Nanoscale Phononic Analog of the Ranque-Hilsch Vortex Tube
Physical Review Applied 15, 034008 (2021).
L. Medrano Sandonas, Á. Rodríguez Méndez, R. Gutierrez, G. Cuniberti, and V. Mujica.
https://doi.org/10.1103/physrevapplied.15.034008

Thermal management is a current global challenge that must be addressed exhaustively. We propose the design of a nanoscale phononic analog of the Ranque-Hilsch vortex tube in which heat flowing at a given temperature is split into two different streams going to the two ends of the device, inducing a temperature asymmetry. Our nanoscale prototype consists of two carbon nanotubes (capped and open) connected by molecular chains. The results show that the structural asymmetry in the contact regions is the key factor for producing the flux asymmetry and, hence, the induced temperature-bias effect. The effect can be controlled by tuning the thermal-equilibration temperature, the number of chains, and the chain length. Deposition on a substrate adds another variable to the manipulation of the flux asymmetry but the effect vanishes at very large substrate temperatures. Our study yields insights into the thermal management in nanoscale materials, especially the crucial issue of whether the thermal asymmetry can survive phonon scattering over relatively long distances, and thus provides a starting point for the design of a nanoscale phononic analog of the Ranque-Hilsch vortex tube.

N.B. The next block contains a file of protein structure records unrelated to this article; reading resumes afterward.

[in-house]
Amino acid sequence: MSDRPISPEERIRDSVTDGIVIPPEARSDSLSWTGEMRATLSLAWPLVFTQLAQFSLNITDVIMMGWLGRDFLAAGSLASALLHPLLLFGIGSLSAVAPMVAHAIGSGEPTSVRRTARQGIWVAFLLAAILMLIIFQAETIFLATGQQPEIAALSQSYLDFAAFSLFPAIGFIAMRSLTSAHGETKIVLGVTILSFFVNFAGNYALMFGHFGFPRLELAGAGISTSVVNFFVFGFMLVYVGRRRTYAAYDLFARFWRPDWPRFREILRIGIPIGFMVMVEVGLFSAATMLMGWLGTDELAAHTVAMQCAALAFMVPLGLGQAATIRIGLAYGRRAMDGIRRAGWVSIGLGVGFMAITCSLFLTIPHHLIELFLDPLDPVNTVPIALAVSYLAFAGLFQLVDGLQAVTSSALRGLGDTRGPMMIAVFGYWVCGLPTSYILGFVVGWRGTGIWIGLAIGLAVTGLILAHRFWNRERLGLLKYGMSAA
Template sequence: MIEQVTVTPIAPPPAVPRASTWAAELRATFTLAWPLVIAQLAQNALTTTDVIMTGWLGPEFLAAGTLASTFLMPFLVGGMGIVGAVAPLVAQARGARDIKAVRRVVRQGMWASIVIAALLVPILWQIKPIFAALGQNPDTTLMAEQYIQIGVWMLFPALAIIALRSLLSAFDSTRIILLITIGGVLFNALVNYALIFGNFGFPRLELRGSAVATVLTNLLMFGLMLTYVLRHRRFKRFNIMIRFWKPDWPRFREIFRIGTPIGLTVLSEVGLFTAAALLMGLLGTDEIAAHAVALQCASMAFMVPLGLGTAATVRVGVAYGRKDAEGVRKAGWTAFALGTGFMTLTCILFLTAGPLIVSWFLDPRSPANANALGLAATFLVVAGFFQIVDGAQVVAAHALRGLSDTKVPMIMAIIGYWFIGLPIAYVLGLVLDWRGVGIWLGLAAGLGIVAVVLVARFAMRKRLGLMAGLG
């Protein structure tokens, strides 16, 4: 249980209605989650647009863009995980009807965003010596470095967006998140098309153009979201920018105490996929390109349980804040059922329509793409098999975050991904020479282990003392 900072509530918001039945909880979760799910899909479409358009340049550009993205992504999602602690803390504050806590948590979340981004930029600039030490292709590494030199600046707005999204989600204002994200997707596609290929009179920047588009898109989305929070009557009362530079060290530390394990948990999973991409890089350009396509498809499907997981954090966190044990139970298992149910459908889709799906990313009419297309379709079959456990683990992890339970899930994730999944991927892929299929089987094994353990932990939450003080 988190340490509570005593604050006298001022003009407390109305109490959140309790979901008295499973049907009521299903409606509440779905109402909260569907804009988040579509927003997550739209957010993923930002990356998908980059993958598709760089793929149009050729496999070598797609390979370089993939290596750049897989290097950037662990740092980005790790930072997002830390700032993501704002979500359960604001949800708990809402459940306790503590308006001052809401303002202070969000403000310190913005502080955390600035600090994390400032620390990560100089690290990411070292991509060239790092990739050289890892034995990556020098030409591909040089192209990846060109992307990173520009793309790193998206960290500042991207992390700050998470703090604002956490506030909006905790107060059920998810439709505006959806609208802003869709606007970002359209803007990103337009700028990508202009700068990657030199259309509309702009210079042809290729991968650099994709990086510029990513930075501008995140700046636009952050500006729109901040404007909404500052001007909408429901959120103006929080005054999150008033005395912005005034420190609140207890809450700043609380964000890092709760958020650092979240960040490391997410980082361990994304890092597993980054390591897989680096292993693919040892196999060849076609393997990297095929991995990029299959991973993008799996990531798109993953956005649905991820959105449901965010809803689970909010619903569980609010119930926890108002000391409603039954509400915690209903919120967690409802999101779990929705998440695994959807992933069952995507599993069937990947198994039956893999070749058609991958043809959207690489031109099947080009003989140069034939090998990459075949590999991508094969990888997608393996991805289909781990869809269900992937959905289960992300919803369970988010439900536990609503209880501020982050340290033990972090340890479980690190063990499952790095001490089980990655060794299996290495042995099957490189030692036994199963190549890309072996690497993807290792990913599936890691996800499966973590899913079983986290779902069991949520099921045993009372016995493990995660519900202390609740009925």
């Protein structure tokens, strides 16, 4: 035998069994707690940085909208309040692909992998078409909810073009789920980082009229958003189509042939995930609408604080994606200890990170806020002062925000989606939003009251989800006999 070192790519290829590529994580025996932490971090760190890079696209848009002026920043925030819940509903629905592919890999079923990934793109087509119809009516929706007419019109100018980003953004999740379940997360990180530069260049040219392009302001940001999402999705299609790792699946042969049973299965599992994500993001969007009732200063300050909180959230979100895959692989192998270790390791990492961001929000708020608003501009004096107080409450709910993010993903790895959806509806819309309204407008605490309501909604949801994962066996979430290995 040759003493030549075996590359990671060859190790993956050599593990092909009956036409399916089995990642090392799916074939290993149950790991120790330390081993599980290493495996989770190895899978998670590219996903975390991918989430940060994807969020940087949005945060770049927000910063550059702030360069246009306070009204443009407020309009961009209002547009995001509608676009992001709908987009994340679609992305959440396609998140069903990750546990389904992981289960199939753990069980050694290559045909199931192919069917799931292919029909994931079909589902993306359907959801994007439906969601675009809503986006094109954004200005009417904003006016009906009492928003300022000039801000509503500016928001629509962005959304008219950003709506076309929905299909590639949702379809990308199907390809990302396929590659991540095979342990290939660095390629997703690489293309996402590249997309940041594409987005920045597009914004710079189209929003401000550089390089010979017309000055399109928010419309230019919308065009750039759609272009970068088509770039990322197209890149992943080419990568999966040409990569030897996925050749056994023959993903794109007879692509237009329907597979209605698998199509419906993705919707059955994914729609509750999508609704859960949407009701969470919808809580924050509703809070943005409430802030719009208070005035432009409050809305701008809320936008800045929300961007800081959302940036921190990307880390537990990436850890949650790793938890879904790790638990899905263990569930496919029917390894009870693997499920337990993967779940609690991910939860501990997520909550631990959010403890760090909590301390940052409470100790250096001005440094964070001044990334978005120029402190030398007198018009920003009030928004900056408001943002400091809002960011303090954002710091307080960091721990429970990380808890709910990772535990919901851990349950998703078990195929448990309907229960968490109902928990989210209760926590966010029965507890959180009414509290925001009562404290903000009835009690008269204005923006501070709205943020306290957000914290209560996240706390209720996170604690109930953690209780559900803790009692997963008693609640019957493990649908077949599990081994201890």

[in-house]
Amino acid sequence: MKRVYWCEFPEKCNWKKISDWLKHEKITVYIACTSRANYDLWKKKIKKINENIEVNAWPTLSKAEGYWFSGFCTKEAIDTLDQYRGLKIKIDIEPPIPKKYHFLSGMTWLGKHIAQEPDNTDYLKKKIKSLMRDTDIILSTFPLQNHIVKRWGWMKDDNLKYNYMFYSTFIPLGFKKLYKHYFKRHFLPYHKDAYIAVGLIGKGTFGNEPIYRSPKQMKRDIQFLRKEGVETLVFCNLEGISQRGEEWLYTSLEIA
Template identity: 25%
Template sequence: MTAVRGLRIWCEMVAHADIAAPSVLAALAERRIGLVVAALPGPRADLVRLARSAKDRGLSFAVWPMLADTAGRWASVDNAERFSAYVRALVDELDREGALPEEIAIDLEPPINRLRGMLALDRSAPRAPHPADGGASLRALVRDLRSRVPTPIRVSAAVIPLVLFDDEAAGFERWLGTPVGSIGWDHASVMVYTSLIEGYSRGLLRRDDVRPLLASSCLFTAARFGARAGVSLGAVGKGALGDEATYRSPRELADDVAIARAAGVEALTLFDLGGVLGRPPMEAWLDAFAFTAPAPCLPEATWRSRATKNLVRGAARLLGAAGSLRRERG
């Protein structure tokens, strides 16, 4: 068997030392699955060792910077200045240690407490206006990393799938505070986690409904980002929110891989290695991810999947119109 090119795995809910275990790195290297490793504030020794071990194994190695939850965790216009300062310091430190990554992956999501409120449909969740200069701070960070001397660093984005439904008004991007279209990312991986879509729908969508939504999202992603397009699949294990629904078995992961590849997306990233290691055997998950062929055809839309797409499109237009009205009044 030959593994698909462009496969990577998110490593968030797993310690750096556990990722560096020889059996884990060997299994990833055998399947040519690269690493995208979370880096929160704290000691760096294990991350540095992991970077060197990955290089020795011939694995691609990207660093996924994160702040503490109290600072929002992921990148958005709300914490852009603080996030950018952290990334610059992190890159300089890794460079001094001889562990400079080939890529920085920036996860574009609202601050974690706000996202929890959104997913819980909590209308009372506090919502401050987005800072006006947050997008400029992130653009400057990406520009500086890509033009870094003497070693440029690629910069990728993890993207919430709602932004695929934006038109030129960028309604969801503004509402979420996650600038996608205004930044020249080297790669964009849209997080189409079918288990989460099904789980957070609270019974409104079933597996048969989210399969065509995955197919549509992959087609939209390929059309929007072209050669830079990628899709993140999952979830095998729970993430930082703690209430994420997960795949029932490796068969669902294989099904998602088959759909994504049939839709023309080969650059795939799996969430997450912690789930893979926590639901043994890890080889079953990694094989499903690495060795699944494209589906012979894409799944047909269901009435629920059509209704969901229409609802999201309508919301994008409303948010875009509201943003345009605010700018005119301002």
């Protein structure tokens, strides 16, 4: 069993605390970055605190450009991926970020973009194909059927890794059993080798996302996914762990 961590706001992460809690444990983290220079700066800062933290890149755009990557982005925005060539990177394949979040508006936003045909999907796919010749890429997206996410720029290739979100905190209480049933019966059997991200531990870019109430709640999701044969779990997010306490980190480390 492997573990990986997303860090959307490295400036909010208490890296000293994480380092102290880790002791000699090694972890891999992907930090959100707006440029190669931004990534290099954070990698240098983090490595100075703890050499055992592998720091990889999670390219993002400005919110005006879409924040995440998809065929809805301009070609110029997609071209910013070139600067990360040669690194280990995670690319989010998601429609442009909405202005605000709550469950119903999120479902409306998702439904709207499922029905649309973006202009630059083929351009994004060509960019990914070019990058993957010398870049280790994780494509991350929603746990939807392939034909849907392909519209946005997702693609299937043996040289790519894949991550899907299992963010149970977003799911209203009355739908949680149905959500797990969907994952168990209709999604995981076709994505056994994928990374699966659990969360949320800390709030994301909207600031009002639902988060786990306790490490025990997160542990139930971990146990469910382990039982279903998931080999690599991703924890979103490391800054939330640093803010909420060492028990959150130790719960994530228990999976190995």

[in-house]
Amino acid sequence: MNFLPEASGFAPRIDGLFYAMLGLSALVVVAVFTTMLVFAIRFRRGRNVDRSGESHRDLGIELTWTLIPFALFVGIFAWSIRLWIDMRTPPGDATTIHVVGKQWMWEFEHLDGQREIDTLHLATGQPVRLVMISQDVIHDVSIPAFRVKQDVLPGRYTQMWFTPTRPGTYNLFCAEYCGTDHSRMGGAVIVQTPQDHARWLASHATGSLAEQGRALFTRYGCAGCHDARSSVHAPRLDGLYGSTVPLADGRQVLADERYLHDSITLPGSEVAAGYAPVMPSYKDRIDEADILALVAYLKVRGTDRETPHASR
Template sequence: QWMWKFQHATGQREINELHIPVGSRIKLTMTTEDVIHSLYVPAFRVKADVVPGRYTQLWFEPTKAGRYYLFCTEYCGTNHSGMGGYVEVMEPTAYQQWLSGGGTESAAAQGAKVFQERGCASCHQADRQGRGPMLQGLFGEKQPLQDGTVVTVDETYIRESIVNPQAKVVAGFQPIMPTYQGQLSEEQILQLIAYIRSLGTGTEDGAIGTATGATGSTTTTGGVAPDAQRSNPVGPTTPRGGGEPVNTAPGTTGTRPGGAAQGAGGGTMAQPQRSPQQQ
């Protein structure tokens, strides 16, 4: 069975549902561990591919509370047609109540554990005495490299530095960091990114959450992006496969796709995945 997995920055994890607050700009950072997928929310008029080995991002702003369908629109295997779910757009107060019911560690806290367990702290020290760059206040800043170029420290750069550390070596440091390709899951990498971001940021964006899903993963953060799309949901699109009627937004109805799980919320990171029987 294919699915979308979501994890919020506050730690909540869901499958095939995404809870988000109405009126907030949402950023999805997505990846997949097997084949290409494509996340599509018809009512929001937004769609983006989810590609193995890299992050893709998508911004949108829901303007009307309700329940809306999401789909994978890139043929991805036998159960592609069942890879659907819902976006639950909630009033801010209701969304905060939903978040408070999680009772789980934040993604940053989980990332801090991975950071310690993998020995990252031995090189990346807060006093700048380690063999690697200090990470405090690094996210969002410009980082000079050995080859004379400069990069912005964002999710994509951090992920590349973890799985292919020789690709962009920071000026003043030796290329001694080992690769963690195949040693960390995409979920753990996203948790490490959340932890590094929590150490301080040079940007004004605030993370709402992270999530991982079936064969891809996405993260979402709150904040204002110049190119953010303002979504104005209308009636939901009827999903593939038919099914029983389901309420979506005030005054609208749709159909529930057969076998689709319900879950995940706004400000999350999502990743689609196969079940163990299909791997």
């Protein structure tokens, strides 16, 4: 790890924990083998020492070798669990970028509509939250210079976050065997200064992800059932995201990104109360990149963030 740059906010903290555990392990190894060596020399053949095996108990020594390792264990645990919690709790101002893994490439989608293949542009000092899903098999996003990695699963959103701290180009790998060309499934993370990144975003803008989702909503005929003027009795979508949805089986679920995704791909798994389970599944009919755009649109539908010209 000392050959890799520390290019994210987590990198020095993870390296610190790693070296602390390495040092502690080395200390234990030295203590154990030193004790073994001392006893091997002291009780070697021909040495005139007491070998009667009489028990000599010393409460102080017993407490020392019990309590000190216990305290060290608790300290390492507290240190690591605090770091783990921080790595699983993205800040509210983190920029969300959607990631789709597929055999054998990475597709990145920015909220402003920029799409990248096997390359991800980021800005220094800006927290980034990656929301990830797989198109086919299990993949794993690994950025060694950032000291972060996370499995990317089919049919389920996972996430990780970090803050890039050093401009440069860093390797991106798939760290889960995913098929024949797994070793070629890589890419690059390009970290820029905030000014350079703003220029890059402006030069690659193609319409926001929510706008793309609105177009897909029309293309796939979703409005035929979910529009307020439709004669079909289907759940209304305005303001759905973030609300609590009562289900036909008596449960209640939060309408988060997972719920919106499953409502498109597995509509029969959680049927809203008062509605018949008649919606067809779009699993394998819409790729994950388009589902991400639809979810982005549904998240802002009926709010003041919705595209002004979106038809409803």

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Nanoscale Phononic Analog of the Ranque-Hilsch Vortex Tube
Physical Review Applied 15, 034008 (2021).
L. Medrano Sandonas, Á. Rodríguez Méndez, R. Gutierrez, G. Cuniberti, and V. Mujica.
https://doi.org/10.1103/physrevapplied.15.034008

Thermal management is a current global challenge that must be addressed exhaustively. We propose the design of a nanoscale phononic analog of the Ranque-Hilsch vortex tube in which heat flowing at a given temperature is split into two different streams going to the two ends of the device, inducing a temperature asymmetry. Our nanoscale prototype consists of two carbon nanotubes (capped and open) connected by molecular chains. The results show that the structural asymmetry in the contact regions is the key factor for producing the flux asymmetry and, hence, the induced temperature-bias effect. The effect can be controlled by tuning the thermal-equilibration temperature, the number of chains, and the chain length. Deposition on a substrate adds another variable to the manipulation of the flux asymmetry but the effect vanishes at very large substrate temperatures. Our study yields insights into the thermal management in nanoscale materials, especially the crucial issue of whether the thermal asymmetry can survive phonon scattering over relatively long distances, and thus provides a starting point for the design of a nanoscale phononic analog of the Ranque-Hilsch vortex tube.

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